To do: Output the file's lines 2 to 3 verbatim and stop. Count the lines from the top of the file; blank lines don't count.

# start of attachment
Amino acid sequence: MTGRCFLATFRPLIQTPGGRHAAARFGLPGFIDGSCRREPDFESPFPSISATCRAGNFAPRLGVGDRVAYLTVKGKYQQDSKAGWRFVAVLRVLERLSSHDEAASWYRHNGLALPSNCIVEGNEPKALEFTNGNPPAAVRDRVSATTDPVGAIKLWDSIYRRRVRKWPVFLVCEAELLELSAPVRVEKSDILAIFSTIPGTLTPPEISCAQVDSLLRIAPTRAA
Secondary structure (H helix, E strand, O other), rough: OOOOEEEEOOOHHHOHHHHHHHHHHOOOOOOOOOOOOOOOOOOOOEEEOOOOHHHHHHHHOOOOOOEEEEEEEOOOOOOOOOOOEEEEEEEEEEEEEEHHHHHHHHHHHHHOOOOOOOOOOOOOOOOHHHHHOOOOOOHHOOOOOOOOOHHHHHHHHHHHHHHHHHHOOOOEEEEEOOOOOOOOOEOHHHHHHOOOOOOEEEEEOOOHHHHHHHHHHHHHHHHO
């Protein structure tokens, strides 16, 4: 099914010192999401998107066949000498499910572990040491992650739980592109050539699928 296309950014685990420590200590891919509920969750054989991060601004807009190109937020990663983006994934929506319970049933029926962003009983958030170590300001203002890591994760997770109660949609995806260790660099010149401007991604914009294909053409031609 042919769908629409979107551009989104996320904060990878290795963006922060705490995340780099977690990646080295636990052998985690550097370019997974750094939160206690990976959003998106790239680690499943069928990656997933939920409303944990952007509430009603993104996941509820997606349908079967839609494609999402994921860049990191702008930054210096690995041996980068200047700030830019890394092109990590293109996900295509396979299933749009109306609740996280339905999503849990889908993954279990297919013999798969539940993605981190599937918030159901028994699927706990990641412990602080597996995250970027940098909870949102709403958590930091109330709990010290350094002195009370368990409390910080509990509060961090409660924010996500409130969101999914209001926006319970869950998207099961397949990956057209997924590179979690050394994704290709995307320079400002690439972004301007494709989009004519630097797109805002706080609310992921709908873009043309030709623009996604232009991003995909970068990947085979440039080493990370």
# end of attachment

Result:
Secondary structure (H helix, E strand, O other), rough: OOOOEEEEOOOHHHOHHHHHHHHHHOOOOOOOOOOOOOOOOOOOOEEEOOOOHHHHHHHHOOOOOOEEEEEEEOOOOOOOOOOOEEEEEEEEEEEEEEHHHHHHHHHHHHHOOOOOOOOOOOOOOOOHHHHHOOOOOOHHOOOOOOOOOHHHHHHHHHHHHHHHHHHOOOOEEEEEOOOOOOOOOEOHHHHHHOOOOOOEEEEEOOOHHHHHHHHHHHHHHHHO
């Protein structure tokens, strides 16, 4: 099914010192999401998107066949000498499910572990040491992650739980592109050539699928 296309950014685990420590200590891919509920969750054989991060601004807009190109937020990663983006994934929506319970049933029926962003009983958030170590300001203002890591994760997770109660949609995806260790660099010149401007991604914009294909053409031609 042919769908629409979107551009989104996320904060990878290795963006922060705490995340780099977690990646080295636990052998985690550097370019997974750094939160206690990976959003998106790239680690499943069928990656997933939920409303944990952007509430009603993104996941509820997606349908079967839609494609999402994921860049990191702008930054210096690995041996980068200047700030830019890394092109990590293109996900295509396979299933749009109306609740996280339905999503849990889908993954279990297919013999798969539940993605981190599937918030159901028994699927706990990641412990602080597996995250970027940098909870949102709403958590930091109330709990010290350094002195009370368990409390910080509990509060961090409660924010996500409130969101999914209001926006319970869950998207099961397949990956057209997924590179979690050394994704290709995307320079400002690439972004301007494709989009004519630097797109805002706080609310992921709908873009043309030709623009996604232009991003995909970068990947085979440039080493990370």